STAC Update: Compute benchmarksBig Compute   
 

Peter will review the latest benchmark results from STAC-A2 (option Greeks), as well as enhancements to the benchmark suite.

Point of view: A vision for programming heterogeneous environmentsBig Compute   
 

Today it is clear that heterogeneous computing (combining CPUs, GPUs, FPGAs, or other co-processors) has a great deal to contribute to some problems in financial markets. But programming to take advantage of heterogeneous environments in a single application remains a challenge. In this talk, Mike will review various approaches to heterogeneous programming in C++ and will provide a point of view on what is most promising, as well as a vision for the future. Using options calculations in STAC-A2, Mike will provide an example of this approach today and the benefits that it can bring.

Julia: What's the buzz about?Big Compute
 

The Julia programming language has rapidly gained interest in the computational finance community. And why wouldn't it? Its MIT creators say they sought to provide an open source language with the best features of Matlab, R, Hadoop, and shell scripts, with the performance of C. "We want to write A*B and launch a thousand computations on a thousand machines, calculating a vast matrix product together," they said. Those are no small ambitions. What are the realities? How does Julia work, and what are its current strengths and limitations? How does it really perform? Who are the main players in the ecosystem, and what is the roadmap? As a user and contributor to Julia, Arch will provide a brief overview of Julia and touch on each of these questions.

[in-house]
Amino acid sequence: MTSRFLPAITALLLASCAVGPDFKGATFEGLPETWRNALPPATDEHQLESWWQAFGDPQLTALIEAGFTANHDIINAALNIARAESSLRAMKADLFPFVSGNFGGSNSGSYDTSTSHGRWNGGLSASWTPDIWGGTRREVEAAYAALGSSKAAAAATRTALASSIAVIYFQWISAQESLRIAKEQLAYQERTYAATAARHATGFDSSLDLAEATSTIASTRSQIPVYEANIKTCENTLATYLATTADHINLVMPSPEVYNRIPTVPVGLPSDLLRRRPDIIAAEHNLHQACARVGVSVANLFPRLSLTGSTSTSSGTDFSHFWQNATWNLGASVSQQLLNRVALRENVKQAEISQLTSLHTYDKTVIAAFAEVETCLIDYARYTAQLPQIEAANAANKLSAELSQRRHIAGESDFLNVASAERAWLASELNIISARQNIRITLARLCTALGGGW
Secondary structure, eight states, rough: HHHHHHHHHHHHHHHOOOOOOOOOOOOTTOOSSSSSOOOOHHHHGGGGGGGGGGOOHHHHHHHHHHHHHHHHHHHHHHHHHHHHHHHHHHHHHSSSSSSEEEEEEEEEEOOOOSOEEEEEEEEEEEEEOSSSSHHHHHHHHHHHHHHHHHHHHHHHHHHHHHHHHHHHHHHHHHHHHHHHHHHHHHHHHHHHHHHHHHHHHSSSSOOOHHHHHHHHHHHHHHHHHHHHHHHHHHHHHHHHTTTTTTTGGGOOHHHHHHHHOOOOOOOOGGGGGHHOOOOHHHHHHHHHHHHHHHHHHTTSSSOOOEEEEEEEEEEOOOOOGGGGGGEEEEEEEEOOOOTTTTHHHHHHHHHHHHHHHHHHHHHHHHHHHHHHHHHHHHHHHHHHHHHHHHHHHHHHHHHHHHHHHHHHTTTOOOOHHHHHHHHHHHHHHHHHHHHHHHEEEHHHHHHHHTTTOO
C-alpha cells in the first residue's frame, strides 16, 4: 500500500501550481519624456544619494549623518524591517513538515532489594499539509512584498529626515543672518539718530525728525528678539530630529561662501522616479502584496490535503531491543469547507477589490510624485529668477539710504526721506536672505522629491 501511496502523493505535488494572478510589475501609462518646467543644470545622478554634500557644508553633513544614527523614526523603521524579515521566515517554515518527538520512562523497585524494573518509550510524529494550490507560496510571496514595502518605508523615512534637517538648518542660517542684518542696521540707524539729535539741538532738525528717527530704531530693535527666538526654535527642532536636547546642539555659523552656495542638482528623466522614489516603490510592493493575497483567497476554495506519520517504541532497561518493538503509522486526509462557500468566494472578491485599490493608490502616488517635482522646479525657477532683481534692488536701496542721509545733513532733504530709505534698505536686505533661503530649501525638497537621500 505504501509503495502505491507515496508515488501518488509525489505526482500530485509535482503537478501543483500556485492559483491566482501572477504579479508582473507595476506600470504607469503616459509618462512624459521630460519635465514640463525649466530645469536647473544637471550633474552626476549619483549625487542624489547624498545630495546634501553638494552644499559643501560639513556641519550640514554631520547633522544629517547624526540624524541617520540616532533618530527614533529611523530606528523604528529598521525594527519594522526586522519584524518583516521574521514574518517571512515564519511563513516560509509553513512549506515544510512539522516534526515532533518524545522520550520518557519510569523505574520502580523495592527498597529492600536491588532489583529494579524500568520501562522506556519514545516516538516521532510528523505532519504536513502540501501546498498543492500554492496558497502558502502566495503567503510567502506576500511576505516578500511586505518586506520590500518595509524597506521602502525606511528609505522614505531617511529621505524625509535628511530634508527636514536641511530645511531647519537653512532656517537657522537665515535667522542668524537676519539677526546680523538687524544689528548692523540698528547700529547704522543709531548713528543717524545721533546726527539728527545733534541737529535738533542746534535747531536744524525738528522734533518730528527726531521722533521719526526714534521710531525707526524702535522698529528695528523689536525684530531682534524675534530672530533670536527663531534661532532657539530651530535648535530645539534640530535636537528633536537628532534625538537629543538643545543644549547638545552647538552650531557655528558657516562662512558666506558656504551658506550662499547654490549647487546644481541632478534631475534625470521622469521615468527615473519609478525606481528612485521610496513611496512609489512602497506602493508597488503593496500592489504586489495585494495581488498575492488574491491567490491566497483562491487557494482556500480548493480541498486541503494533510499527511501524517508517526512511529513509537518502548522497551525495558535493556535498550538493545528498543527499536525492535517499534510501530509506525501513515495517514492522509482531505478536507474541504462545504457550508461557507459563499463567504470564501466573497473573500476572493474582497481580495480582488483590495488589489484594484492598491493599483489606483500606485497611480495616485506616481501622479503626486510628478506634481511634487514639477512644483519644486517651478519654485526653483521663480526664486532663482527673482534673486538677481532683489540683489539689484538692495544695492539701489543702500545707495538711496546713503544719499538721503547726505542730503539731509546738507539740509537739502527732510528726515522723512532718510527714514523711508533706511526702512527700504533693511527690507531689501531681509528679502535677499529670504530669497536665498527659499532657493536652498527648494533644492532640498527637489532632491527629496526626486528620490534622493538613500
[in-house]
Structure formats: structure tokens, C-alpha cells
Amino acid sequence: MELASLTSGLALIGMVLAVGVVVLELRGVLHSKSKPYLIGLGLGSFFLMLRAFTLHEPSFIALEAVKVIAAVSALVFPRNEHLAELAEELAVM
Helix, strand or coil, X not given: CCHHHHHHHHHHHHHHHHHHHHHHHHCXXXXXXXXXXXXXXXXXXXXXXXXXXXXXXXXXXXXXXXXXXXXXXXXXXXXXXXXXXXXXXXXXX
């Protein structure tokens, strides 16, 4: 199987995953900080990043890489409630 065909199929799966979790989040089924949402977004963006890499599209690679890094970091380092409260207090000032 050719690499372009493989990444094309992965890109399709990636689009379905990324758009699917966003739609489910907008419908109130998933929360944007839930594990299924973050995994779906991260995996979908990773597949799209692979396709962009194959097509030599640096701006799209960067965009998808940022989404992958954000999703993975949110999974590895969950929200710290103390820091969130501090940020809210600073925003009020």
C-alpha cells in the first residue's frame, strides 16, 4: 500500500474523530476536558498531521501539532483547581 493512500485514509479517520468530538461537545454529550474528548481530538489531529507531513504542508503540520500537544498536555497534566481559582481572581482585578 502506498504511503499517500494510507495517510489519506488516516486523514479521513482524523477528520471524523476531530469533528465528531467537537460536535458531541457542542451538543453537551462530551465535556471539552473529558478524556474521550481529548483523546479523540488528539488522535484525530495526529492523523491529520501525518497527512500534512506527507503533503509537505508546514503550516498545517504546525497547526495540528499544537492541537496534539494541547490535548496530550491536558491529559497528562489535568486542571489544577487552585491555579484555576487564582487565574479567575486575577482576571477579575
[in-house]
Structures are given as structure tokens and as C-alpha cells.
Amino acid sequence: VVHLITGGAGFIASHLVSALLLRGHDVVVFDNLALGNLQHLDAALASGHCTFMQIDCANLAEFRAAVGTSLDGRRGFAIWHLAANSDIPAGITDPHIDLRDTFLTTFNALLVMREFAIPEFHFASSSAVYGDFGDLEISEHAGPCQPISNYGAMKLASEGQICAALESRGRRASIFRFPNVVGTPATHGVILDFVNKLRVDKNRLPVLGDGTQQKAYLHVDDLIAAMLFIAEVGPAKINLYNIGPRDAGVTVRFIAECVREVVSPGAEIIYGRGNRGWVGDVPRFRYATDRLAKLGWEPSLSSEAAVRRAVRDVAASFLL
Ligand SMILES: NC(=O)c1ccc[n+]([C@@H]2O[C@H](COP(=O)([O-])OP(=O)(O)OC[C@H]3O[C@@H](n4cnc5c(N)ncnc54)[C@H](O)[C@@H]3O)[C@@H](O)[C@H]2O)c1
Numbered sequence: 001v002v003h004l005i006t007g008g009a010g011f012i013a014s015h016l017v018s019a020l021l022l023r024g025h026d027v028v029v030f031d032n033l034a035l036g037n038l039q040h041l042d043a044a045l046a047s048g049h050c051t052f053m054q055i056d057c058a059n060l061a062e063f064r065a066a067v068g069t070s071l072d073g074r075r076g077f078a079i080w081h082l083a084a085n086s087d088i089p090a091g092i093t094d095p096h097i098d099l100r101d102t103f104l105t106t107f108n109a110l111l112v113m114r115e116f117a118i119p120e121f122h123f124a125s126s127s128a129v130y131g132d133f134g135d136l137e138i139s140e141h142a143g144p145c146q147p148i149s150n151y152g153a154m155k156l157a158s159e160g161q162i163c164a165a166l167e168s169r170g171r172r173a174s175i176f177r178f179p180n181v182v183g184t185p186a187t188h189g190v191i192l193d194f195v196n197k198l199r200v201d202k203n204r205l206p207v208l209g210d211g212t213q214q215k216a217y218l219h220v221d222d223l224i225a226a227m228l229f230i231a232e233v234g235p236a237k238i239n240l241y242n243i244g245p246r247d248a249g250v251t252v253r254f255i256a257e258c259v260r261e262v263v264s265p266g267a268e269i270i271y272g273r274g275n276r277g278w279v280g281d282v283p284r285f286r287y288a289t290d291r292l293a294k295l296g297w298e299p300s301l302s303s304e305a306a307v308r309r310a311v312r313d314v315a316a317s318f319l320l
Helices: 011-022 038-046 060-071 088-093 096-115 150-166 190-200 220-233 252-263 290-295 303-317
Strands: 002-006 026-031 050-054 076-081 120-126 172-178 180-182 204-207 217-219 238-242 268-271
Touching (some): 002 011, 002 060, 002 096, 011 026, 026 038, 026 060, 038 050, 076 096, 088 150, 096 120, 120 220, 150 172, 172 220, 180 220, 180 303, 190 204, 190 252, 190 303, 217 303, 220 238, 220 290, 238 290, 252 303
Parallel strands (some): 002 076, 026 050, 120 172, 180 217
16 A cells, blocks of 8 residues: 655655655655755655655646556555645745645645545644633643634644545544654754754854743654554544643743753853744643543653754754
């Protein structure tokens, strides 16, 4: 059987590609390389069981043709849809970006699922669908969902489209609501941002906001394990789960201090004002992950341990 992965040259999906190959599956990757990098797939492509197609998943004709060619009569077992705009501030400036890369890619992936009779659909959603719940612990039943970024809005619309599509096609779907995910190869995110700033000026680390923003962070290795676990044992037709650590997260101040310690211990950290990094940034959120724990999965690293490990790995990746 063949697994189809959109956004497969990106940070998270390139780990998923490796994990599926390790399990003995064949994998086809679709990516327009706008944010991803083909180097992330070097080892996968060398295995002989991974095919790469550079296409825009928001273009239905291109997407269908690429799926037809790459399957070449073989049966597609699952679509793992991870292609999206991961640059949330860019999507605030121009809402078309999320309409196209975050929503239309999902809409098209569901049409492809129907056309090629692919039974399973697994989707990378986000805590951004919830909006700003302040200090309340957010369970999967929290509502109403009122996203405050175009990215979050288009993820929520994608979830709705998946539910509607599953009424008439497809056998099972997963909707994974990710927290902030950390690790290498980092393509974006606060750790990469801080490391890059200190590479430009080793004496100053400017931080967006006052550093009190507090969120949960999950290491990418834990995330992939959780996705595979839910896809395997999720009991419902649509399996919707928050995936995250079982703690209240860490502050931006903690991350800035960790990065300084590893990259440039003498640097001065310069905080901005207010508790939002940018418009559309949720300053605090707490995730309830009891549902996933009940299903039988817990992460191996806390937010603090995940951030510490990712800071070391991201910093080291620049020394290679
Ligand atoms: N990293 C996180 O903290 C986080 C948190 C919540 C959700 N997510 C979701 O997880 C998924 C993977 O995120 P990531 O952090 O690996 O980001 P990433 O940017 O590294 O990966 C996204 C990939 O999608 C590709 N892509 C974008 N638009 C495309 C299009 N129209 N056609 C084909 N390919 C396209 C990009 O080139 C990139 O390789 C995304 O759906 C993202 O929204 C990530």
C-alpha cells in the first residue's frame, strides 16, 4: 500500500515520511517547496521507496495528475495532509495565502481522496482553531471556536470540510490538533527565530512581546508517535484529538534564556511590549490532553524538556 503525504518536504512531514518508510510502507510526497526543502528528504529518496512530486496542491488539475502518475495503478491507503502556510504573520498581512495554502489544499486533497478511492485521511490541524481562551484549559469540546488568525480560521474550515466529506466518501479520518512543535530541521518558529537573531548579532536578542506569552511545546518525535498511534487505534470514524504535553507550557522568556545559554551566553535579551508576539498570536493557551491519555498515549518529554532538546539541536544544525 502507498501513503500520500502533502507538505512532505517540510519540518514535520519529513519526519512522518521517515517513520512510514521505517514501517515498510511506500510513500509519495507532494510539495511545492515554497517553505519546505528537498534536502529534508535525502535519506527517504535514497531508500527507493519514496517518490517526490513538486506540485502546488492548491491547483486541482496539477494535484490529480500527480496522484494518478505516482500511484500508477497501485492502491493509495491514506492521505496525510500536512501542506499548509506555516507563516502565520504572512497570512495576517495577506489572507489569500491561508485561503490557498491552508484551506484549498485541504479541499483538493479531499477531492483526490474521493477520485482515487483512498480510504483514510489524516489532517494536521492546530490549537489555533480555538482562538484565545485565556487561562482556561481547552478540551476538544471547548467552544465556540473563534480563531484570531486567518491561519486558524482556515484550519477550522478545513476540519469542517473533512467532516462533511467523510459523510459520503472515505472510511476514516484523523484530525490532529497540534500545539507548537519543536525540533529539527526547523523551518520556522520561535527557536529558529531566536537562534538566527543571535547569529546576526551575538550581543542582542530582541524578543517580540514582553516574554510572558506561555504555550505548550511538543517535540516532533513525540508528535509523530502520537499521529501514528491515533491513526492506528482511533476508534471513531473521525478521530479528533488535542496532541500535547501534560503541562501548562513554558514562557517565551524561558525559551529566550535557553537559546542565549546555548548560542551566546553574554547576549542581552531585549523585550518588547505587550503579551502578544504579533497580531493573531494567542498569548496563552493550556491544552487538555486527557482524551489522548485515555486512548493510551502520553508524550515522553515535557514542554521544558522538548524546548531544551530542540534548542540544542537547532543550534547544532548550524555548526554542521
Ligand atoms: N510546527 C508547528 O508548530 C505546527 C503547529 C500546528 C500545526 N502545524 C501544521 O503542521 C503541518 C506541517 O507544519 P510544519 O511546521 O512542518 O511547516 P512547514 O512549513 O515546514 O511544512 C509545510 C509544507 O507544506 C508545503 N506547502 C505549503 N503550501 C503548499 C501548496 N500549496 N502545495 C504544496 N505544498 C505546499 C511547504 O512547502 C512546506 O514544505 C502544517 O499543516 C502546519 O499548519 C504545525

Innovation Roundup: Round 2Fast Data
  "Capture everything with FPGA apps"
    Dave Snowdon, Founder, co-CTO, Metamako
  "High Speed Networking in the 25/50/100Gb/s Ethernet Era"
    Asaf Wachtel, Sr. Director, Business Development, Mellanox Technologies
  "Network Visibility, Timestamping & Time Synchronization with Exablaze Low Latency NICs and Switches"
    Matthew Chapman, CTO, Exablaze

 

STAC Update: Network I/OFast Data   
 

Peter will explain the latest developments related to the STAC Network I/O Special Interest Group.

Panel discussion: FPGA for trading todayFast Data
  Click next to each panelists name to view the slides from their presentations.

FPGA solutions for trading continue to march forward, but the vendor landscape has been changing. We'll sit down with a few enterprising vendors to discuss the state of the art. How capable are the underlying technologies today, and what can we expect to result from the titanic shifts going on in the industry? What solutions are possible today that weren't a year or two ago, and what will be possible in the next one or two years? What is different about demand from trading firms today? Are firms taking full advantage of the opportunities?